Home Office Firearms Review rubbished as

Home Office Firearms Review rubbished as "shambolic"

A ‘shambolic’ Home Office Firearms review has done nothing to reduce the impact IOPC investigations can have on officers and their families says the PFEW.

PFEW Firearms Lead Steve Hartshorn said the length of time it can take for investigations to be resolved and officers being ‘treated as suspects’ as soon as they have had to fire their weapon on duty, have not been properly addressed by the review.

“When the review was instigated, there were murmurings about officers considering their options,” he said.

“Before they were going out to effectively police the streets of London they were thinking, ‘if I pull the trigger will I be arrested for doing my job?’

“There was concerns from their other halves who were worried that their partner was going to be arrested for just doing their job, we’d never had that before.

“It’s always felt as if the starting point is that the officers have done something wrong and then they will try to prove their innocence. It affects you personally, affects your family, even renewing your home insurance or going to America, it doesn’t just affect you professionally.

“It’s in the press, and if they get charged they lose anonymity, and they have to disclose things. That’s just for doing their job and that isn’t right.”

The Home Office review, which so far has only been published as a 300-word webpage said investigations which took place after the 2017 terrorist attacks ‘worked well and were quickly concluded’, that the length of time to investigate cases following a fatality can be stressful, but that significant delay had only been recorded in a ‘small number of cases’.

“If this shambolic review is what the Government think about armed policing, then we are doomed,” Steve said.

“All I can say to the ladies and gents out there doing the job is to please, on behalf of the public, to keep doing what you do. You are the best at it, thank you for doing the job 24/7.

“The PFEW and all the Federations across the country will continue to press and fight and challenge the Government to get better pay, better conditions and quicker, more professional investigations.”

Some sort of guidance on reducing the amount of time IOPC investigations take should have been included, he said.

 “It should have considered the amount of time the IOPC spends investigating officers involved in police shootings and bringing that down significantly with some kind of guidance, as we have in police regs, to give them a steer … but that’s all we got.”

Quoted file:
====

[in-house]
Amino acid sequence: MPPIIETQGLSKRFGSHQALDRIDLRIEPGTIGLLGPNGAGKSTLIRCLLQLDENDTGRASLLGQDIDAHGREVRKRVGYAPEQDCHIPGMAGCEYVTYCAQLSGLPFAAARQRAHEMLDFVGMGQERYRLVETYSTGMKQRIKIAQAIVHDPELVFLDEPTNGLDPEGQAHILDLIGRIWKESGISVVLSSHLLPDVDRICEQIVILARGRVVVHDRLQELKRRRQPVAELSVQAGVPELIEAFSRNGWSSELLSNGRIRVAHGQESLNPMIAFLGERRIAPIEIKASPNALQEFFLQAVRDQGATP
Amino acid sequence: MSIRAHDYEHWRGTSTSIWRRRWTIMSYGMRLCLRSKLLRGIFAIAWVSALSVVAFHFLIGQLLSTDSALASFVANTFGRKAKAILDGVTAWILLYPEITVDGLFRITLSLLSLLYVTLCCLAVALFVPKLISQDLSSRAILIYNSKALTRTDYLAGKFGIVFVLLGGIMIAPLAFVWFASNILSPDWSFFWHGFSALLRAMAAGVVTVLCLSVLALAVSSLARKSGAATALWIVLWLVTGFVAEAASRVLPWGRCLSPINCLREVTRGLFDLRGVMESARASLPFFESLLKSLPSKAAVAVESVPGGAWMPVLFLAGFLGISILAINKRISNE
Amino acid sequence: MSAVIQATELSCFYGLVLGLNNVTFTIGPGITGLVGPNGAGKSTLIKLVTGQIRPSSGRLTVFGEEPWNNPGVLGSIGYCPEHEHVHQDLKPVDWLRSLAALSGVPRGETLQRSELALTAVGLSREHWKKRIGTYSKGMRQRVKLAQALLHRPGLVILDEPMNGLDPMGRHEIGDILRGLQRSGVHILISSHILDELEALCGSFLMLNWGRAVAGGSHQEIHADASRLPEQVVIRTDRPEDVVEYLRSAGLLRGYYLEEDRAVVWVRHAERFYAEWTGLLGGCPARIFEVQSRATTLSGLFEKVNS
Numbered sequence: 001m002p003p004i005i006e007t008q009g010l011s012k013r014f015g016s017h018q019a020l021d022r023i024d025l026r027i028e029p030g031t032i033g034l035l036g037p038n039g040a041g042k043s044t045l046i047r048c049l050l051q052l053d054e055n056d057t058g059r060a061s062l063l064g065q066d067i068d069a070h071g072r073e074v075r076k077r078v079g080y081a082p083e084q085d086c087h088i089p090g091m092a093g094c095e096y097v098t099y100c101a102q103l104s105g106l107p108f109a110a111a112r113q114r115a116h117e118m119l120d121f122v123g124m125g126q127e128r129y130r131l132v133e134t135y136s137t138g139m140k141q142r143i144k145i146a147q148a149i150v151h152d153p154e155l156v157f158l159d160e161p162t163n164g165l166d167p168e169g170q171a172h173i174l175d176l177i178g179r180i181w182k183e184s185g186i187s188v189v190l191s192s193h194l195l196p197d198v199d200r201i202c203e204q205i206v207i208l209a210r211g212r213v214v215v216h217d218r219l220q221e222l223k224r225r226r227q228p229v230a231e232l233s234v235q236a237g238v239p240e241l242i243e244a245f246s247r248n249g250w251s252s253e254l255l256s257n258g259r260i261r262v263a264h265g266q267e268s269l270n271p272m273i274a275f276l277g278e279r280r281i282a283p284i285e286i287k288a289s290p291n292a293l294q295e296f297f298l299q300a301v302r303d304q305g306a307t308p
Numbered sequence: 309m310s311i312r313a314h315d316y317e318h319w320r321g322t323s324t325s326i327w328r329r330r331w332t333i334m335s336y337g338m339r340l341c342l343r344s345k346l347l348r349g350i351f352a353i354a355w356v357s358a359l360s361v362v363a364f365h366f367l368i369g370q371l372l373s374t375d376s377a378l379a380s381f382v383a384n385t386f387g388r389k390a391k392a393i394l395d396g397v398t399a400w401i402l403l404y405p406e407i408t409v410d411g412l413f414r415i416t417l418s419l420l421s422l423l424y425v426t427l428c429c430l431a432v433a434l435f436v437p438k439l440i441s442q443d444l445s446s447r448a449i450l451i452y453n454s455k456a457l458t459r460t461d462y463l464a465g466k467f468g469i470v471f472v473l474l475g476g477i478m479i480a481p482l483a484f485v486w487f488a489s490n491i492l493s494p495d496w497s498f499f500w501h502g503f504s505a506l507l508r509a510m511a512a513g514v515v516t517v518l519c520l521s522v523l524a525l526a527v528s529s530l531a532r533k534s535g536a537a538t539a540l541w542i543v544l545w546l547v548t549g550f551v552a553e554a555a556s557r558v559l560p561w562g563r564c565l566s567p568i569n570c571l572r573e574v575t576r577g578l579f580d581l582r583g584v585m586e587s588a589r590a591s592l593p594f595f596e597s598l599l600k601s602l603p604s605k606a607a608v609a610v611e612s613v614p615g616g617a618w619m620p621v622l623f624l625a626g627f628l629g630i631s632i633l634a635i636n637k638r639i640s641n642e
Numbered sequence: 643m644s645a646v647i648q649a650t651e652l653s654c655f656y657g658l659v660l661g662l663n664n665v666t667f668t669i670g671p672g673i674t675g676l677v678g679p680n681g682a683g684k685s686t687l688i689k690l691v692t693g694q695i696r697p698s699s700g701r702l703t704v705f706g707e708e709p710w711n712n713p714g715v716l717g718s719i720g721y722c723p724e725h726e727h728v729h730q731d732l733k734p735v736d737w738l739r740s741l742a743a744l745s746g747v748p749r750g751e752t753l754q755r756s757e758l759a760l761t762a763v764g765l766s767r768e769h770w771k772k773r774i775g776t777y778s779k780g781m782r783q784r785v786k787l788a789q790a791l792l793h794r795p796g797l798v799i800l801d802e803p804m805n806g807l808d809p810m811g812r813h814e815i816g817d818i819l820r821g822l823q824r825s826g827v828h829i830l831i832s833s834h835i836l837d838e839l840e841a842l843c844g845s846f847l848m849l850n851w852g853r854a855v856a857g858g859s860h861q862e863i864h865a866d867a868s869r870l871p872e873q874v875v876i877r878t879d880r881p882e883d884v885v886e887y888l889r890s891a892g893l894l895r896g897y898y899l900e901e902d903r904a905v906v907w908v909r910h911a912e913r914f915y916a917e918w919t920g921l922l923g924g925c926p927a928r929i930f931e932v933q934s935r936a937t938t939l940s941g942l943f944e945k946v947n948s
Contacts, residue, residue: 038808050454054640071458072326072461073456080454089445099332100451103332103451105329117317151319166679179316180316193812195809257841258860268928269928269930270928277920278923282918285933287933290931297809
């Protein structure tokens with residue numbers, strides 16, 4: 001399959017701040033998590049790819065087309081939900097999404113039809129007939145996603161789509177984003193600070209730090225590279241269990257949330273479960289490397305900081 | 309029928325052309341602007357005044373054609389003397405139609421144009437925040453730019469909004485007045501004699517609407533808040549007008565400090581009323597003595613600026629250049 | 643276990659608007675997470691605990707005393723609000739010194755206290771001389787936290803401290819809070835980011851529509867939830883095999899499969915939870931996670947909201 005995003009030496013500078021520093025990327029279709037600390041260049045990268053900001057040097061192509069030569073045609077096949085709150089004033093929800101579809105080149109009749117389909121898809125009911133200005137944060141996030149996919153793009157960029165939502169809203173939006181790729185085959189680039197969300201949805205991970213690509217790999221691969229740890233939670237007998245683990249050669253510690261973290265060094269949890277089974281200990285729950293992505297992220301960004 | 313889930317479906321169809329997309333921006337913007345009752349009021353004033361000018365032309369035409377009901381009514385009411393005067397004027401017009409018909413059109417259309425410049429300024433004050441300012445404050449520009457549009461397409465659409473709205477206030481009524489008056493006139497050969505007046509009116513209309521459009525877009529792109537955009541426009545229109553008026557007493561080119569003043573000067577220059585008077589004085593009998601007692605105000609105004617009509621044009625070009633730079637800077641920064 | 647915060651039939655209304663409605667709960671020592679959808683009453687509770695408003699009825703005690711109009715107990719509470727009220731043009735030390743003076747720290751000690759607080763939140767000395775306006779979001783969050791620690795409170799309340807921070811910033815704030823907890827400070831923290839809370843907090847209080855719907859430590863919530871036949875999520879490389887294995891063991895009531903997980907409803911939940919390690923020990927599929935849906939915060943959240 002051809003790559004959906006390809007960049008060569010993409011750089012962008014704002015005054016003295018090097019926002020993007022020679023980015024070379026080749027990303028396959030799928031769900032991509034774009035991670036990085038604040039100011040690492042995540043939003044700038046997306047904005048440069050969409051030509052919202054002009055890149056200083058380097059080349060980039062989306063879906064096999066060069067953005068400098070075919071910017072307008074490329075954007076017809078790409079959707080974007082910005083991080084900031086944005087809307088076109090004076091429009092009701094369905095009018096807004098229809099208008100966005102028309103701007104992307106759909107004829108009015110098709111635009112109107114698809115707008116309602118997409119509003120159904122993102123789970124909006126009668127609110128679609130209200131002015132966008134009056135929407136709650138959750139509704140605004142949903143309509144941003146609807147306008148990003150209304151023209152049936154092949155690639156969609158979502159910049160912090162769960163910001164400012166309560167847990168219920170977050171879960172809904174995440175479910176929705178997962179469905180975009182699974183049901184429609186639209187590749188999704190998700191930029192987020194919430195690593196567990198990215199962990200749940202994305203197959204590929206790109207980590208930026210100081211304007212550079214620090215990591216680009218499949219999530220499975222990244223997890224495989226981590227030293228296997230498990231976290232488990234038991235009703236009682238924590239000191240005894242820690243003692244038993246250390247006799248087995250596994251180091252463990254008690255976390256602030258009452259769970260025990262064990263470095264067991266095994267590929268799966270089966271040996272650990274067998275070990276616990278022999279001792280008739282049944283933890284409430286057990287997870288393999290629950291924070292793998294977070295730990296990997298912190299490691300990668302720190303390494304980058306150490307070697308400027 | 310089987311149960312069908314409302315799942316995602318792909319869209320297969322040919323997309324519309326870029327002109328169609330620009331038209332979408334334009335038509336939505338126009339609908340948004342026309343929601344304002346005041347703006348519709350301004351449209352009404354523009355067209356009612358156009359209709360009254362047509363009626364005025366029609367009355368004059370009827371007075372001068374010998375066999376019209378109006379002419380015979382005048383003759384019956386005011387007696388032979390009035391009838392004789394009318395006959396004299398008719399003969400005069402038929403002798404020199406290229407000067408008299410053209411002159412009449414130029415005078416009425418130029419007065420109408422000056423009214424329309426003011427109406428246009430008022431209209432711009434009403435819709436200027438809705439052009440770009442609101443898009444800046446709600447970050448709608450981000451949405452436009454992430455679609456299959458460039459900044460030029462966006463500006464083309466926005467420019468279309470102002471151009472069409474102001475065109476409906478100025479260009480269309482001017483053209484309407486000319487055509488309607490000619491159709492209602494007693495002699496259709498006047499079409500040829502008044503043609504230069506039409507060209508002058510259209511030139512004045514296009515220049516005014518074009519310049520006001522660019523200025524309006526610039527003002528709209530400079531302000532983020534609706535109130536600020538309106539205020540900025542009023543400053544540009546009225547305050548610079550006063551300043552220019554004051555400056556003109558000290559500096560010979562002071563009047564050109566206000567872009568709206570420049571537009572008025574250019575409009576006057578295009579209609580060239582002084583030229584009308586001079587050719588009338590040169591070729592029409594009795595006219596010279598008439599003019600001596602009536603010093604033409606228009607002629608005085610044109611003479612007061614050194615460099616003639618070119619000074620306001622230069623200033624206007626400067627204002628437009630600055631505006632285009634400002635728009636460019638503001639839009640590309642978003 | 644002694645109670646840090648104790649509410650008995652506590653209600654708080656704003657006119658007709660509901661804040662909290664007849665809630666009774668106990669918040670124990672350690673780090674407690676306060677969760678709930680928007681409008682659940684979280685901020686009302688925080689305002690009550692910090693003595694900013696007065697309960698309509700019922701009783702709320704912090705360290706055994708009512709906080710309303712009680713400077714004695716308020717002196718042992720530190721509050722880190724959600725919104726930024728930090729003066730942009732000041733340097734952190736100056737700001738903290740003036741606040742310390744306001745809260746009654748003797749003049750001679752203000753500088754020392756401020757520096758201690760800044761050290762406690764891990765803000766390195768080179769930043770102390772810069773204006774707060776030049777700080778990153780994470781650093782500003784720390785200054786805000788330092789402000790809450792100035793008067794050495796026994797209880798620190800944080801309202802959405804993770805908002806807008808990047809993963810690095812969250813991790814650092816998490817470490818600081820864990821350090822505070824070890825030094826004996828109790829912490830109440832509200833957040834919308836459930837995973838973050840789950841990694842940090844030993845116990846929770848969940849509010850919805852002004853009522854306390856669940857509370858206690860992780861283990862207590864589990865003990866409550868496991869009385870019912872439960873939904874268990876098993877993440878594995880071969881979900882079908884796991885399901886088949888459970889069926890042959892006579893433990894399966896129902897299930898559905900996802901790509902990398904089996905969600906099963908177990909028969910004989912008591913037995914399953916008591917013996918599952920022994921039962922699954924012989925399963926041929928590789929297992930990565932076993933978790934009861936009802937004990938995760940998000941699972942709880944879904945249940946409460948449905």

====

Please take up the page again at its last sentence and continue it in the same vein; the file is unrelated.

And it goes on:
“The investigations after the 2017 terrorist attacks were nothing to do with the IOPC, it was a terrorist incident that we dealt with. We got the officers, got them back, looked after them, gave them federation and legal advice and then it was pretty much taken over by SF15, the Metropolitan Police counter-terrorist command.

“The police were doing a good job, the IOPC are getting the credit,” he said.

Officers accept that there should be some form of investigation and checks in place when weapons are fired but they cannot afford to be thinking about what will happen to them when faced with life threatening situations.

 “Officers are acting within split seconds, doing the job,” Steve said.

“They don’t mind being investigated but what they do mind is this disproportionate time taken to investigate and then waiting for something to come out.

“Well, investigate them but do it quickly,” Steve added. “We can’t have inquests waiting and it’s noticeable that the last two or three inquests, the coroners have come back saying, ‘you need to hurry up. We’re not waiting anymore’.

“It shouldn’t take two years to get statements together, compile it and deal with it.”

“Why do officers have to wait two years to clear their name? It’s not professional and it’s not helpful.

And it’s not just the officers involved who suffer, Steve added.

“The people who get shot have families. We are not dispassionate to that. Irrespective of who the person is we’ve shot and killed, there are families behind that. They want closure, they want answers. It’s only right and proper that these are done expeditiously for the police and the public.

“There’s lot of rhetoric about speeding up investigations coming out, but my message would be, professionalise your investigators, do as the police service do. We have experts in firearms, we have detectives experienced in sexual crime, in financial crime, in murder.

“Why can’t the IOPC have a unique and bespoke firearms investigation team with mandated investigation timescales?”